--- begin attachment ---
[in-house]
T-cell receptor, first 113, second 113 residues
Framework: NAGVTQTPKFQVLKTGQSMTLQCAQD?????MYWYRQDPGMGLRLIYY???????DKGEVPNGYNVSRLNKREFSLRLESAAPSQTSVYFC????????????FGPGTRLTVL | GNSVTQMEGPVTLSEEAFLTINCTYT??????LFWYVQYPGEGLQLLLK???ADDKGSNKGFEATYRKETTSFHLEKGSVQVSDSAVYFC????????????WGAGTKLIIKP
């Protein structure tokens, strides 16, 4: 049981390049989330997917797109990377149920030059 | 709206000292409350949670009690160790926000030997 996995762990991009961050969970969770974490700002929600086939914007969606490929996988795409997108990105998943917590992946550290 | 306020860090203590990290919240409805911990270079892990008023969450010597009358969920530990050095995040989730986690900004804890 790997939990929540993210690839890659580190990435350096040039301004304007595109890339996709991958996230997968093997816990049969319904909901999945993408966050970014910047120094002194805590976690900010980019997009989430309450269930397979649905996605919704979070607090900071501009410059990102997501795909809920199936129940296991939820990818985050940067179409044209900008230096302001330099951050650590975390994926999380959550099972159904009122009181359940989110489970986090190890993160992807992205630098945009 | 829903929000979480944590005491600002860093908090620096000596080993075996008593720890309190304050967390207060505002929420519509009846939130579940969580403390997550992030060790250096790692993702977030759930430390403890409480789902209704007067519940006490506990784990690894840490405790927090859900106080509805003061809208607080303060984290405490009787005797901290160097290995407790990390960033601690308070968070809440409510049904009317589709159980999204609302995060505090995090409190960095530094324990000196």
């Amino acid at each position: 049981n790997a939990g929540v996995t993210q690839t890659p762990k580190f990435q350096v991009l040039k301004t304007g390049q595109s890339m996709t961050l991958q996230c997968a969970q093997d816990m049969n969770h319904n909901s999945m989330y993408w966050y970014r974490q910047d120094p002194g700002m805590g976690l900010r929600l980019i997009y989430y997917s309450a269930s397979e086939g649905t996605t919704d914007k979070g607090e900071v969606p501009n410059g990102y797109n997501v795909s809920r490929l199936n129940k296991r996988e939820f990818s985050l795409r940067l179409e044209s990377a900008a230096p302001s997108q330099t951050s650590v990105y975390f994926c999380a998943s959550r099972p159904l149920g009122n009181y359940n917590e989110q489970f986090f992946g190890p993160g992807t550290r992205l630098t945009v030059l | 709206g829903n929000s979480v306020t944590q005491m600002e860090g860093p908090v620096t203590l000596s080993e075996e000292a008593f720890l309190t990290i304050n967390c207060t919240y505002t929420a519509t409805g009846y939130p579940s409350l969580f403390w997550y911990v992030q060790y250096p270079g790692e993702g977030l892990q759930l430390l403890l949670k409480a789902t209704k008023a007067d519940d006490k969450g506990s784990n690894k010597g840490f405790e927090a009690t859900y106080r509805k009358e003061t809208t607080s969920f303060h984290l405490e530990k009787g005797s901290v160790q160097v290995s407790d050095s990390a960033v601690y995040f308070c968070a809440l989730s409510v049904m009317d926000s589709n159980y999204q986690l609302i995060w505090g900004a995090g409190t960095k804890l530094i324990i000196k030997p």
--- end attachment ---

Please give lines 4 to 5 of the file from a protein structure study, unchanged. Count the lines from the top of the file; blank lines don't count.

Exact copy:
């Protein structure tokens, strides 16, 4: 049981390049989330997917797109990377149920030059 | 709206000292409350949670009690160790926000030997 996995762990991009961050969970969770974490700002929600086939914007969606490929996988795409997108990105998943917590992946550290 | 306020860090203590990290919240409805911990270079892990008023969450010597009358969920530990050095995040989730986690900004804890 790997939990929540993210690839890659580190990435350096040039301004304007595109890339996709991958996230997968093997816990049969319904909901999945993408966050970014910047120094002194805590976690900010980019997009989430309450269930397979649905996605919704979070607090900071501009410059990102997501795909809920199936129940296991939820990818985050940067179409044209900008230096302001330099951050650590975390994926999380959550099972159904009122009181359940989110489970986090190890993160992807992205630098945009 | 829903929000979480944590005491600002860093908090620096000596080993075996008593720890309190304050967390207060505002929420519509009846939130579940969580403390997550992030060790250096790692993702977030759930430390403890409480789902209704007067519940006490506990784990690894840490405790927090859900106080509805003061809208607080303060984290405490009787005797901290160097290995407790990390960033601690308070968070809440409510049904009317589709159980999204609302995060505090995090409190960095530094324990000196």
């Amino acid at each position: 049981n790997a939990g929540v996995t993210q690839t890659p762990k580190f990435q350096v991009l040039k301004t304007g390049q595109s890339m996709t961050l991958q996230c997968a969970q093997d816990m049969n969770h319904n909901s999945m989330y993408w966050y970014r974490q910047d120094p002194g700002m805590g976690l900010r929600l980019i997009y989430y997917s309450a269930s397979e086939g649905t996605t919704d914007k979070g607090e900071v969606p501009n410059g990102y797109n997501v795909s809920r490929l199936n129940k296991r996988e939820f990818s985050l795409r940067l179409e044209s990377a900008a230096p302001s997108q330099t951050s650590v990105y975390f994926c999380a998943s959550r099972p159904l149920g009122n009181y359940n917590e989110q489970f986090f992946g190890p993160g992807t550290r992205l630098t945009v030059l | 709206g829903n929000s979480v306020t944590q005491m600002e860090g860093p908090v620096t203590l000596s080993e075996e000292a008593f720890l309190t990290i304050n967390c207060t919240y505002t929420a519509t409805g009846y939130p579940s409350l969580f403390w997550y911990v992030q060790y250096p270079g790692e993702g977030l892990q759930l430390l403890l949670k409480a789902t209704k008023a007067d519940d006490k969450g506990s784990n690894k010597g840490f405790e927090a009690t859900y106080r509805k009358e003061t809208t607080s969920f303060h984290l405490e530990k009787g005797s901290v160790q160097v290995s407790d050095s990390a960033v601690y995040f308070c968070a809440l989730s409510v049904m009317d926000s589709n159980y999204q986690l609302i995060w505090g900004a995090g409190t960095k804890l530094i324990i000196k030997p």